Tuesday, March 8, 2016
Productivity and the Mormon Busyness Ethic (Part 1)
Several moons ago, Sunstone published an essay of mine with the title above. In this post and next week’s I will reproduce the original essay I sent them. What the good folks at Sunstone actually printed included some material they insisted on adding. Since I was sort of partial to the unexpanded version, I’ll post it here. This week’s installment is about productivity. Next week’s will tackle the more intriguing topic of the Mormon business ethic.
For nine years I taught operations management at Brigham Young University’s Marriott School of Management, and one of the topics I taught was productivity. The first year or so I preached the corporate party line, namely, that increasing productivity is a near cure-all for woes experienced by both businesses and economies. But then I took a closer look at the idea of productivity and discovered something unexpected. Not only does productivity improvement produce some distinct disadvantages for both the labor force and the economy in general, but also, when it comes to measuring productivity, the numbers get as slippery as a greased pig and are as meaningful as mud. Even more important, the way we measure productivity in businesses sometimes produces unintentional results, such as encouraging unfocused activity instead of the productive use of time. This organizational tendency has ramifications beyond our workaday lives and can even affect how we live our religion. (Bear with me; I’ll get to this last point eventually.)
Playing with Numbers
Let’s take a quick look at how productivity is measured. The basic formula for calculating productivity is the simple ratio of output/inputs. On a national level, this simple ratio can become a quagmire of confusing statistics. For example, when the Bureau of Labor Statistics measures productivity, it excludes many categories of economic endeavor, such as general government, nonprofit institutions, and paid employees of private households. Compounding the difficulty is the fact that in our economy less than 20 percent of workers produce tangible (read “easily quantifiable”) goods. The rest of us are secretaries, salespeople, lawyers, bus drivers, editors, insurance agents, managers, custodians, computer support technicians, and others who perform services to keep the economy running. The only way to estimate the output of this majority is to translate their services somehow into dollars. This dubious figure is then adjusted for inflation and divided by the number of hours these people work. And here we run into a second problem. The Bureau of Labor Statistics has no idea how many hours most people work. The government doesn’t know how many lunch hours stretch to 70 minutes, how many workers leave the office early for a dentist appointment or soccer game, or how many managers burn the midnight oil. In addition, the government doesn’t even pretend to know just how a manager’s activities affect the company’s product or service.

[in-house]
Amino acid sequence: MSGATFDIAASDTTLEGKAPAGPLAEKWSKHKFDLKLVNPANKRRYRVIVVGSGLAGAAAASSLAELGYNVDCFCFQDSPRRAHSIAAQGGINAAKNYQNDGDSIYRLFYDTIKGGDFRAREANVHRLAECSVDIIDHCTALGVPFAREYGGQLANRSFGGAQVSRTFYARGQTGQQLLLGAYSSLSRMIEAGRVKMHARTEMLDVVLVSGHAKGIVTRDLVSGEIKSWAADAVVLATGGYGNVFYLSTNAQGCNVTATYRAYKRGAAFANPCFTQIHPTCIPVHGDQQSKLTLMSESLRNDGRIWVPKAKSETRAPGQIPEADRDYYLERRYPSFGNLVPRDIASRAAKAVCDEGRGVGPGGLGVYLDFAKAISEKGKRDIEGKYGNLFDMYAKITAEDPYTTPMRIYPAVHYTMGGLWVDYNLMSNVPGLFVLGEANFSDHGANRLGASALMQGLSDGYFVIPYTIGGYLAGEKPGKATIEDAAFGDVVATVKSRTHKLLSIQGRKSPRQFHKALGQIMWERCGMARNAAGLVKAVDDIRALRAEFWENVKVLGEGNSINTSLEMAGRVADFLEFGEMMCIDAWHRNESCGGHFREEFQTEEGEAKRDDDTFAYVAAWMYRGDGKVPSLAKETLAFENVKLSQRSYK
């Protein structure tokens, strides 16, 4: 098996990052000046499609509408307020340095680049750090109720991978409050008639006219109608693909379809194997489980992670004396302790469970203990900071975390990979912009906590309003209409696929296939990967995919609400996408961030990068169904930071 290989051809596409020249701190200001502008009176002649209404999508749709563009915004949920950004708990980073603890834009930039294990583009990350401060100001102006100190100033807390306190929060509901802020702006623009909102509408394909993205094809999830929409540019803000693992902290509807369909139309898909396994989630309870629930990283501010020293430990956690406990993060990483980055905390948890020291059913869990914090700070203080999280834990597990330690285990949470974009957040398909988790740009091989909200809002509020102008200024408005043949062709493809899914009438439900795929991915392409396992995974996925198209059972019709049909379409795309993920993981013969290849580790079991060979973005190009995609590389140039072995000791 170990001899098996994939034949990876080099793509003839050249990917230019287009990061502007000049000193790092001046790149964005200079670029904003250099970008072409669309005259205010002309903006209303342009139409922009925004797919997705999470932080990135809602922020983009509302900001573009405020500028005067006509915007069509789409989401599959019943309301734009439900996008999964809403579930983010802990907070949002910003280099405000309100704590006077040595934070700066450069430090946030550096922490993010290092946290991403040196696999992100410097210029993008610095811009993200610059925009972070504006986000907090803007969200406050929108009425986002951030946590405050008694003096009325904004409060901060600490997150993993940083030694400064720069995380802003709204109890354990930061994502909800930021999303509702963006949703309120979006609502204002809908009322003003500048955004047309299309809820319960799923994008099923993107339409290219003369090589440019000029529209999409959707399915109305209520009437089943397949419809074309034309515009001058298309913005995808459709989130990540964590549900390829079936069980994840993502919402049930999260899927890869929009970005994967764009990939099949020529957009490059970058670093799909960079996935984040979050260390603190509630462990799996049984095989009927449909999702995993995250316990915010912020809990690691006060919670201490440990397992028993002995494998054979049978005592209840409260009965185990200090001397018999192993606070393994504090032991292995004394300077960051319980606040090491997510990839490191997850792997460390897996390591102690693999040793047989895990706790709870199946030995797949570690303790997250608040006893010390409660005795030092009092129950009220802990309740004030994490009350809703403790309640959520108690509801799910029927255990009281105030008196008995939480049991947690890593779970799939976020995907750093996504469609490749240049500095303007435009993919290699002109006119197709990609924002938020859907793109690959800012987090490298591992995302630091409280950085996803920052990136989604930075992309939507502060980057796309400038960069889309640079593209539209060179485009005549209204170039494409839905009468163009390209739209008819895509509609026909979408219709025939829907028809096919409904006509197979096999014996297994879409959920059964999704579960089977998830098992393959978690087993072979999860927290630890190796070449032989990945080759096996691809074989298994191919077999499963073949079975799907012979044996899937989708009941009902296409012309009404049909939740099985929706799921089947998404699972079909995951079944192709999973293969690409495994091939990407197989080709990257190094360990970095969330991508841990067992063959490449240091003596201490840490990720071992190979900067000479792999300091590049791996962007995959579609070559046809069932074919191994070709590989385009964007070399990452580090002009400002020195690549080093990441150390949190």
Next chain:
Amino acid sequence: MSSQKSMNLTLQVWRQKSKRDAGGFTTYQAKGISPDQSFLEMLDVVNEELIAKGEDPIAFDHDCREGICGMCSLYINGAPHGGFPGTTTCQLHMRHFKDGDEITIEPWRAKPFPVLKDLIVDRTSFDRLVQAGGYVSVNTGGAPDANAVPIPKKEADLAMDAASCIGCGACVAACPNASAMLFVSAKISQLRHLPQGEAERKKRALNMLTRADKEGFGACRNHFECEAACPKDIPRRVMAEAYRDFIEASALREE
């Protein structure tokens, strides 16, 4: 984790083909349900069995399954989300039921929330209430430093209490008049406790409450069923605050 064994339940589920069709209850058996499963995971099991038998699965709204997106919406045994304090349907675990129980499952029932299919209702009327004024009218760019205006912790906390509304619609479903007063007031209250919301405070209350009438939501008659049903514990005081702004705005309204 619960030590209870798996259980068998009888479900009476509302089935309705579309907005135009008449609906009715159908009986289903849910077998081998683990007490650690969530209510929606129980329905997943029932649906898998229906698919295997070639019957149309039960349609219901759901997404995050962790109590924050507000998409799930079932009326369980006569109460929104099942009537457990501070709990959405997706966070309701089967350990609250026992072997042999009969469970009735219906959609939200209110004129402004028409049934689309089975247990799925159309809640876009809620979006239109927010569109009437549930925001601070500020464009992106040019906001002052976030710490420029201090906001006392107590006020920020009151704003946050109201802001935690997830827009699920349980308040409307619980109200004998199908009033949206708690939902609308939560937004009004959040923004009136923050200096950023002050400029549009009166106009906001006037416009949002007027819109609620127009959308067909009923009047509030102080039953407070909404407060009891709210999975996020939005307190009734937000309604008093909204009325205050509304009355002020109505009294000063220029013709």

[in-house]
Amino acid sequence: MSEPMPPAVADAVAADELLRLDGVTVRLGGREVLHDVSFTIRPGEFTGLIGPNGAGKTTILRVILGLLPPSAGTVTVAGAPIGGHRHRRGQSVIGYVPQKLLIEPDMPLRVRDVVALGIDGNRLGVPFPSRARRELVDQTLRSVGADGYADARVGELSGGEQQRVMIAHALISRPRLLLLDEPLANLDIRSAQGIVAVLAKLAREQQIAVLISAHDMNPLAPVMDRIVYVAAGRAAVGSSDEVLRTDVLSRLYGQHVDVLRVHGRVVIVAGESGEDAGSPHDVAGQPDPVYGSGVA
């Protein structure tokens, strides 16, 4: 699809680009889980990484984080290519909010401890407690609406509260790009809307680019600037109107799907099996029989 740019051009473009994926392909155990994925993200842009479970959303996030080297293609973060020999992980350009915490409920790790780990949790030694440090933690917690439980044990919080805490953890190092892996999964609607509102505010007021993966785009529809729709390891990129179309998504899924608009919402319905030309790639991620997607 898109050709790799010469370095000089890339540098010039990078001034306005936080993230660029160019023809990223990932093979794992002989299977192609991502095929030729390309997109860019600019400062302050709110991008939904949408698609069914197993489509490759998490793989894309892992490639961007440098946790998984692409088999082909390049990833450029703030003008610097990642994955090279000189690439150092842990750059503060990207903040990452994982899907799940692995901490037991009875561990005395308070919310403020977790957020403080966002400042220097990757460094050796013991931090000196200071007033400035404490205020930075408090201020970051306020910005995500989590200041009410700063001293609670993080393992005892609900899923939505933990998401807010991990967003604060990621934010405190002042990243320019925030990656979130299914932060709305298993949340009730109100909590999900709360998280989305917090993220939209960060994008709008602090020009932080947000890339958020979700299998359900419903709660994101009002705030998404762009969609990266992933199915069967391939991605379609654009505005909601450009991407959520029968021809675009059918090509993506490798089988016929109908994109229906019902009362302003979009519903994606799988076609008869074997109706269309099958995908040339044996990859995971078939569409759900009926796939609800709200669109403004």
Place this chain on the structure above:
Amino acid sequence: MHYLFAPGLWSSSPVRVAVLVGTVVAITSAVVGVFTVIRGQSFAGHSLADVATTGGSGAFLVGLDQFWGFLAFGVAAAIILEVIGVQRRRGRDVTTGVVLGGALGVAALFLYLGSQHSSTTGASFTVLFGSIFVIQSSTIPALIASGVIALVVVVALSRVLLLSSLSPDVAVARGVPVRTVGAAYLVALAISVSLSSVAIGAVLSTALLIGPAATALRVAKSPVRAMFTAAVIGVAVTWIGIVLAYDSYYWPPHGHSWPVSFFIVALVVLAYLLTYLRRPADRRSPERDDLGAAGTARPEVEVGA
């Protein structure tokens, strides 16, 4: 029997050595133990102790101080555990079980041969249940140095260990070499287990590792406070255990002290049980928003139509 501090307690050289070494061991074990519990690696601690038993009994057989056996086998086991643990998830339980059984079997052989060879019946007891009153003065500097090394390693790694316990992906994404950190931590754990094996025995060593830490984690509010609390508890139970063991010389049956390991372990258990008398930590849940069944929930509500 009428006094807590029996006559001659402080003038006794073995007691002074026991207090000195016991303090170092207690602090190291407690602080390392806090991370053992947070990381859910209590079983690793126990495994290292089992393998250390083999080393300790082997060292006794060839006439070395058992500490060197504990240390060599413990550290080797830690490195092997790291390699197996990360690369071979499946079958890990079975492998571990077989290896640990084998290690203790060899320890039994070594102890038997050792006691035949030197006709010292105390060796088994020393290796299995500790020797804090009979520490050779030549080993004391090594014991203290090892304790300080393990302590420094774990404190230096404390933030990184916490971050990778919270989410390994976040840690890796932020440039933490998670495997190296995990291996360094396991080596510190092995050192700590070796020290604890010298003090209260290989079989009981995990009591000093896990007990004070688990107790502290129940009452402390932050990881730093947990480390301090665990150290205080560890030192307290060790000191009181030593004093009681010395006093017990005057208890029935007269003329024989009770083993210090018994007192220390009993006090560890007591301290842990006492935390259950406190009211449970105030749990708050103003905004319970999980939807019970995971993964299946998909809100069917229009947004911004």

To compound the measurement dilemma, the mixture of outputs and inputs in the economy is not constant from year to year. In fact, as manufacturing declines as a portion of the economy, easily measurable production and labor figures make up a smaller portion of the whole with each passing year. This means that the government’s productivity statistics can’t be compared to themselves accurately over time, and they certainly can’t be compared with productivity statistics from other countries. In other words, the numbers are virtually meaningless or, worse, deceptive. Every time I see a newspaper article boasting of America’s productivity gains, I am reminded of the quip “Torture numbers and they’ll confess to anything.”
This predicament improves only slightly for an individual business. Corporate executives may feel they have a pretty good handle on the quantity of product their workers turn out and how many hours these people work, but total product/labor hours is still a single-factor measurement. In other words, it measures only labor productivity. But what about all the other factors that influence productivity, such as capital investment, research, energy, raw materials, and technology? If a manufacturer invests in new equipment and the firm’s labor productivity rises dramatically, does this mean the laborers are working harder or more efficiently? No. It may mean the exact opposite. The entire productivity gain may be due to technology, and the workers may be underutilized. Because of this dilemma, some have tried to come up with a total-factor measurement, translating all inputs into dollars and using this figure in the denominator of the ratio. This presents a different view of productivity, but with total-factor measurements, how do you know which factor is actually affecting the final quotient? It’s extremely difficult to quantify exactly how much of the productivity increase is due to one factor and how much is due to another.
The Service Economy and Quality